were various in kind, and were conferred as the will of God disposed. Each one, therefore, should use the gifts God has bestowed upon him with fidelity and humility, not interfering with the gifts and duties of others.
Rom 12:4. For as in one body we have many members, but all the members have not the same office:
Rom 12:5. So we being many, are one body in Christ, and every one members one of another.
With ancient writers the comparison of a social organism to the body was very common. St. Paul now compares the Christian society to a natural physical body. As in the latter there are many members performing different functions for the benefit of the whole, so in the former, the Church, each member has his proper office and gifts with which he ought to be content, and which he ought to utilize for the good of the entire Church. This thought is much further developed in 1 Cor 12:12-31, where the Apostle considers the Church as a living mystical body, and compares it in detail to a natural physical organism. The unity of the one, as of the other, comes from the soul, and Christ is the soul of His mystical body the Church. In Eph 4:15 St. Paul speaks of Christ as the head, but this is only a different way of showing the mysterious and gracious relations of Christians with Christ and His Spirit.
The faithful are many, but form only one body in Christ, by whose spirit they are united and vivified. All, therefore, are dependent on the life that comes from Christ, their head and soul; and all the members are interdependent one on another, as sharing in the common work to which life in Christ is ordained.
6. And having different gifts, according to the grace that is given us, either prophecy, to be used according to the rule of faith;
In the next two paragraphs Fr. Callan talks in general concerning verses 6-8, he then moves on to look at the verses in more detail.
In verses 6-8 St. Paul illustrates the different gifts of the Christians, and the different uses of these gifts. The sentences are elliptical and need to be completed by the understanding of different verbs or phrases; e.g., after prophecy we should understand, let us prophesy; after ministry, let us serve; after teacheth, let him excel; after exhorteth, let him be assiduous; after giveth, let him give; after ruleth, let him rule; after mercy, let him show mercy.
There is question in these verses of what theologians call gratiae gratis datae, i.e., extraordinary and supernatural gifts, which God sometimes confers on certain persons, not on account of personal merits, nor for the spiritual advantage of the recipient, but rather for the general benefit of the Church. In the early days of the Church, when there was greater need of such extraordinary happenings, these gifts were often bestowed on the faithful. St. Paul makes particular mention of them in his First Epistle to the Corinthians. There he enumerates nine gifts, while here he speaks of only seven; but in neither place does he intend to do more than call the attention of the faithful to a few for the sake of illustration.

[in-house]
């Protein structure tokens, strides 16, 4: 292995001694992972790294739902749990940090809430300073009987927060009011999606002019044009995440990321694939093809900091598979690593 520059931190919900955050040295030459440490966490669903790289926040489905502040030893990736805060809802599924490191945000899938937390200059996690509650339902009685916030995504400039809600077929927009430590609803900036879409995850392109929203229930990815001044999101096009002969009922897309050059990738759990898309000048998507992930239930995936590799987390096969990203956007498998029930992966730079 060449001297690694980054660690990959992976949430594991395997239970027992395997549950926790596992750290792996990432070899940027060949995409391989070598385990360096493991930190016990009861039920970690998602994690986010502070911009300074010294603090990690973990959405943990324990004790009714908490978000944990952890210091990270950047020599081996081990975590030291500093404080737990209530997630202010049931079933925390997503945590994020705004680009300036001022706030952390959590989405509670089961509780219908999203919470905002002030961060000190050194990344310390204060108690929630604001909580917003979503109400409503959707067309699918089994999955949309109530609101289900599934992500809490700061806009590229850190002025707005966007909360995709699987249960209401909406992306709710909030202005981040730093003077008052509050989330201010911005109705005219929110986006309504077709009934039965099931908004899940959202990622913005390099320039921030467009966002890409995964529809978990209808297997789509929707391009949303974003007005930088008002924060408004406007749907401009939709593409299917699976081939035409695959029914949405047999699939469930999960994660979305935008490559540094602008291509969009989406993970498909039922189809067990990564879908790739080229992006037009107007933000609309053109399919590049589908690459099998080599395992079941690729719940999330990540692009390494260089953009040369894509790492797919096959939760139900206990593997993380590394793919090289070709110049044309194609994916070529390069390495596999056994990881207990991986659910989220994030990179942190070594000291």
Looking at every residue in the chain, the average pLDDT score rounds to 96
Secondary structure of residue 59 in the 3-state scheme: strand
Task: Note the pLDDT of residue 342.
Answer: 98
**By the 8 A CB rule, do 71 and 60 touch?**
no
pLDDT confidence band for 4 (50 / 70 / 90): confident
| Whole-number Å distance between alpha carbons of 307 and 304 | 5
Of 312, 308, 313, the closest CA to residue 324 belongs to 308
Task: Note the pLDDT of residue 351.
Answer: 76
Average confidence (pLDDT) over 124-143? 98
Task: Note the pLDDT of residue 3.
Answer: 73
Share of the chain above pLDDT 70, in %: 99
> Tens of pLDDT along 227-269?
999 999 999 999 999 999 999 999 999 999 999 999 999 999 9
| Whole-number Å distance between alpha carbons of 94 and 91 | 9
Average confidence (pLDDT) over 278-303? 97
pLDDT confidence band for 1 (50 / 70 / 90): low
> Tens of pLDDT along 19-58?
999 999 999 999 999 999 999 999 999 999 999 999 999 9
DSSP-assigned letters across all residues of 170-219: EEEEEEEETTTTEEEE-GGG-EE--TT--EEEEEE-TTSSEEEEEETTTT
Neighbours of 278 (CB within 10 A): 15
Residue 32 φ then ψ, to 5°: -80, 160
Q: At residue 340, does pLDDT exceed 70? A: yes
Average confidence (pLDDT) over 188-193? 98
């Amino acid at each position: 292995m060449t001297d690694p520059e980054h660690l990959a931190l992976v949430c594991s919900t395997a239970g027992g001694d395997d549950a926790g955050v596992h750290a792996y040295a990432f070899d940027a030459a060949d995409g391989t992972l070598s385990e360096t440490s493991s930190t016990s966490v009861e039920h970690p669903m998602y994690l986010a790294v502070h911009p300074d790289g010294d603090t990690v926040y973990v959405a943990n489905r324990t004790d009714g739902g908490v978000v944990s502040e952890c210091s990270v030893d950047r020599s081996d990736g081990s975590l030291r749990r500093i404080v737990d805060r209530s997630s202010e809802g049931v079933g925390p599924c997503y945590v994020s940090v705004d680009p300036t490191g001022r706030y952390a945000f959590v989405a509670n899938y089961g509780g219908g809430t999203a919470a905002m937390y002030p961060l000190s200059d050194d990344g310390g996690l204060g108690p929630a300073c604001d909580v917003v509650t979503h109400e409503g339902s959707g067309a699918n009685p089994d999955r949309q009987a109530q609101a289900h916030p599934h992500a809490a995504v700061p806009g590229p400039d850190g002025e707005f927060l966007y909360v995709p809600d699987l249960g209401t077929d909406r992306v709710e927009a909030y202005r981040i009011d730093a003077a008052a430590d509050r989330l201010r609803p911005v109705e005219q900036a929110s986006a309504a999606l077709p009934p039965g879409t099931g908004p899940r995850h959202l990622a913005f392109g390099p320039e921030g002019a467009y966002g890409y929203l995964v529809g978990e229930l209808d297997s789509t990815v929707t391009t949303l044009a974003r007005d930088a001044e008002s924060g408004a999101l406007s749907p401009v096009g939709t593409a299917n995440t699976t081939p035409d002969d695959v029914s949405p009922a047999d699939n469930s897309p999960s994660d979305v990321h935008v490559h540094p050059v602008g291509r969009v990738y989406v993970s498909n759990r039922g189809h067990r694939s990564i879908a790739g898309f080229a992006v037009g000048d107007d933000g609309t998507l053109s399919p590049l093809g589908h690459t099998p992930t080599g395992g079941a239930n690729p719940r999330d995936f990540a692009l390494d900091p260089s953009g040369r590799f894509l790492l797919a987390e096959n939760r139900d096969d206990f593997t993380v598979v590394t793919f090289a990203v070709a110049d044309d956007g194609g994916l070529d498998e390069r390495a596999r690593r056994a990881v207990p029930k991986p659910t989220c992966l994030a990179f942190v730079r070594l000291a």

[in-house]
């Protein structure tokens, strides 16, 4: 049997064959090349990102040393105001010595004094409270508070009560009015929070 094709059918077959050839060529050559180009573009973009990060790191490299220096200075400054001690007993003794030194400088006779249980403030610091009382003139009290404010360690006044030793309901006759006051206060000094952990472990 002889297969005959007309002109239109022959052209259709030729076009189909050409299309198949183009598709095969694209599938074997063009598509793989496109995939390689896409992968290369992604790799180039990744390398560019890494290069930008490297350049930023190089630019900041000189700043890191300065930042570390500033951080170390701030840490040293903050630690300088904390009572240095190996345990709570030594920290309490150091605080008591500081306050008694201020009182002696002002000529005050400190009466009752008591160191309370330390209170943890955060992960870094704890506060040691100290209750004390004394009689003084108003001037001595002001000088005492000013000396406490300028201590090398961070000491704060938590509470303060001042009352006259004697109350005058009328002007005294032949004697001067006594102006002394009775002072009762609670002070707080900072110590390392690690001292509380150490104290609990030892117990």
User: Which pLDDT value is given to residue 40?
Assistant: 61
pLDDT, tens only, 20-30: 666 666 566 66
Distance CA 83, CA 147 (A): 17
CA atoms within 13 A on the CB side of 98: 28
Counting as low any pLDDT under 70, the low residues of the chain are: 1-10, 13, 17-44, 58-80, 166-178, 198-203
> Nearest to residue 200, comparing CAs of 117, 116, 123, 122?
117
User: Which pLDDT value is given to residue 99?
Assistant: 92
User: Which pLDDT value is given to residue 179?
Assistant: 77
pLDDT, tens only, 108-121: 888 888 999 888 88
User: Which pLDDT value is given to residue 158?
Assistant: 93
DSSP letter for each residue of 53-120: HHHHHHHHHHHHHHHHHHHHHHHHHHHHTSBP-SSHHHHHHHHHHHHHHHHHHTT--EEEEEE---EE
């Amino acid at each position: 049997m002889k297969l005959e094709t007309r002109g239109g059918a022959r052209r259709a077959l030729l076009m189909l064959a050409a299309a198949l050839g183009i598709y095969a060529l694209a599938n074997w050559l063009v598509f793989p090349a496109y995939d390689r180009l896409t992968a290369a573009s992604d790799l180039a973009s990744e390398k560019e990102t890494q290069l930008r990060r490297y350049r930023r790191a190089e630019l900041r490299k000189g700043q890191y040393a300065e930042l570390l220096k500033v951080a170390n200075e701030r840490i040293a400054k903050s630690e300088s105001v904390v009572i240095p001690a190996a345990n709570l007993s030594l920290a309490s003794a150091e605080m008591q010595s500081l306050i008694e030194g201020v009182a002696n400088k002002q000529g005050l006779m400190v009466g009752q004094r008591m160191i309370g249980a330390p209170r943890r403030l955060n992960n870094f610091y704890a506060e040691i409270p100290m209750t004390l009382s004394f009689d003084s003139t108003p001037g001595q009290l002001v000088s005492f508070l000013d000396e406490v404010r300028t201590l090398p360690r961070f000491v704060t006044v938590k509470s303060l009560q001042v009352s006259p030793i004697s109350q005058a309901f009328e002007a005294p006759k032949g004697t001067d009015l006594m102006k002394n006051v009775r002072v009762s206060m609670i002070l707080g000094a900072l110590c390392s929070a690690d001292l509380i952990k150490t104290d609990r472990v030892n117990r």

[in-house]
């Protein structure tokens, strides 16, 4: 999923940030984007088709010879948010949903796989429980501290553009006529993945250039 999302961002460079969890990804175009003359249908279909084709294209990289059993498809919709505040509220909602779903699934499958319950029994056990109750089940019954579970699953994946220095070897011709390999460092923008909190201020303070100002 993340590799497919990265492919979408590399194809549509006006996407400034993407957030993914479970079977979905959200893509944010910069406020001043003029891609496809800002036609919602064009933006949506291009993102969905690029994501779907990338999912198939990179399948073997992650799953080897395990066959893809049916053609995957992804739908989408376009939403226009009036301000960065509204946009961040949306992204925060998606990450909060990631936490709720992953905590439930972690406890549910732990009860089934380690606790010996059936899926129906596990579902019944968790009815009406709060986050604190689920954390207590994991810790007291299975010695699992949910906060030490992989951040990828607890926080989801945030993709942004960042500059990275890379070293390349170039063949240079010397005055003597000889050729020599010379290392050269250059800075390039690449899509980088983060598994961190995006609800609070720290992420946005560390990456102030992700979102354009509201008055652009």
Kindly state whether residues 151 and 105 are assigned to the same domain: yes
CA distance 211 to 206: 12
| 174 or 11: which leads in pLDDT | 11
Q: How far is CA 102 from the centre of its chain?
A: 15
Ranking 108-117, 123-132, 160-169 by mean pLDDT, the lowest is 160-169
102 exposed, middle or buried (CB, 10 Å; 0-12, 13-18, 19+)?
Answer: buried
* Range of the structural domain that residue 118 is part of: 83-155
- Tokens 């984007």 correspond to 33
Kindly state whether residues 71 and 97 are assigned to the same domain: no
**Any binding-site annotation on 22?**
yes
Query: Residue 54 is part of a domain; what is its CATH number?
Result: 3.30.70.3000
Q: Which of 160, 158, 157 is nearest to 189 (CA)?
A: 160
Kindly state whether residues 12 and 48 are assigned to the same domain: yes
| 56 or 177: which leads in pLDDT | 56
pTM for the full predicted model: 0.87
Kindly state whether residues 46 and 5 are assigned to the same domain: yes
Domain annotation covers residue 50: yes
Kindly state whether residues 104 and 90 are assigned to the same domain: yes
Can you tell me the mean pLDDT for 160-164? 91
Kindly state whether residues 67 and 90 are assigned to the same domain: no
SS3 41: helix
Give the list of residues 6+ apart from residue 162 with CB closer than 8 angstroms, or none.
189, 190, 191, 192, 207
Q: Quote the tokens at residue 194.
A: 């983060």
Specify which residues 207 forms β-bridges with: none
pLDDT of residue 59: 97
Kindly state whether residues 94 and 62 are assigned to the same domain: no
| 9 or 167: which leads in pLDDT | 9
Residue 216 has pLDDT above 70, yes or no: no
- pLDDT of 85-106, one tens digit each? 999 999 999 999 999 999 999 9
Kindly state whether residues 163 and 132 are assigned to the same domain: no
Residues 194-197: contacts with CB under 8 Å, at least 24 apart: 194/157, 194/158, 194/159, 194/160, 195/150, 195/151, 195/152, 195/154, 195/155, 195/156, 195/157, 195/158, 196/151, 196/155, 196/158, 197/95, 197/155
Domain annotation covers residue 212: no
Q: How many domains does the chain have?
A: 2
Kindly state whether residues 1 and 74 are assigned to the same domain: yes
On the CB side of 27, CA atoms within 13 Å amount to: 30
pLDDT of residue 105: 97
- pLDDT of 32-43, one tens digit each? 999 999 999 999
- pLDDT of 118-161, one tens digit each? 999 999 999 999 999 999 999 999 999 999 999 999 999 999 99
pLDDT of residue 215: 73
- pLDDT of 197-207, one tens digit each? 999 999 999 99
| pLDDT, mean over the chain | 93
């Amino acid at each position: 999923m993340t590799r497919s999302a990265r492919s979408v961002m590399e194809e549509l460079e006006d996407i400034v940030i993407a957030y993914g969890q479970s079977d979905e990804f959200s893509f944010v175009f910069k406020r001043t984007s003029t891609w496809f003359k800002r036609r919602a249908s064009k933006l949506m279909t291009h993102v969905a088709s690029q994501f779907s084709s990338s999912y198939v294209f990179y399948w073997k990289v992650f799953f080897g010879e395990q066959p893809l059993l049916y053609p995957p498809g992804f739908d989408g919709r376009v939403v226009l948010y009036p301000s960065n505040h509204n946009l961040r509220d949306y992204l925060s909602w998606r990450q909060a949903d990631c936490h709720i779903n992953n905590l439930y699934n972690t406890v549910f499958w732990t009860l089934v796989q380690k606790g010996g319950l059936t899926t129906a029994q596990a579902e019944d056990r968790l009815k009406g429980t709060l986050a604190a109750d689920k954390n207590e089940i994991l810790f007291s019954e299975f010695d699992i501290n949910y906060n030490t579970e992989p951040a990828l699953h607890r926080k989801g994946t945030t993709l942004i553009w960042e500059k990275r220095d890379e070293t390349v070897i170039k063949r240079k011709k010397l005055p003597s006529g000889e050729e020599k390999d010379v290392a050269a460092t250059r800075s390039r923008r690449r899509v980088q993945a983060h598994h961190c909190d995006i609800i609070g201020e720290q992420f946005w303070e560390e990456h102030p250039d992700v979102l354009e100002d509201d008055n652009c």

(6) According to the grace. This shows that the bestowal of the charismata does not depend on the personal merits of the recipient, but only on the free will of God. God distributes them as He will and to whom He will. Each one, therefore, should content himself with the gift he has received, and not desire that of another.
Prophecy, i.e., a supernatural gift by which one knows hidden and future things, and which one uses to edify the Church (1 Cor 14:3 ff., 1 Cor 14:24) in explaining the sacred mysteries and stimulating the faithful to virtue.
To be used is not in the Greek.
According to the rule of faith. “Rule of faith” should be rather measure of faith, according to the Greek. By these words St. Paul cautions the prophet not to exceed the limits of his supernatural gift, that is, not to mix up his own personal thoughts with the suggestions that come from the Holy Ghost (Lagrange). The prophet is to use his gift for the benefit of the faith, and consequently in conformity with the teaching of faith; that is, he must use it secundum rationem fidei, id est non in vanum, sed ut per hoc fides confirmetur; non autem contra fidem (St. Thomas). This interpretation, following the Latin Fathers, regards the rule of faith as an objective measure, rather than as a subjective disposition. Cornely and the Greek Fathers, however, prefer this latter view; but it is difficult to see how one subjectively, could know whether or not he was exceeding the revelation given him (Lagrange).
In the Vulgate rationem fidei should be mensuram fidei.
Rom 12:7. Or ministry, in ministering; or he that teacheth, in doctrine;
Ministry, διακονιαν, is a general term embracing all ecclesiastical functions, but used here to designate certain services in the community, which are going to be enumerated. The offices about which there is question in this verse were of an extraordinary and supernatural kind, which required corresponding supernatural gifts in those who exercised them (Cornely).
He that teacheth, etc. The change of construction may be merely for literary reasons, or because the different ways of ministering are now to be spoken of. The teacher (διδασκων) occupies the third place, after the Apostles and prophets (1 Cor 12:28; Eph 4:11). His office is to expound, elucidate and systematically explain the truths of Christianity. It does not appear that the teacher or doctor was inspired like the prophet, whose function was to discover and to declare.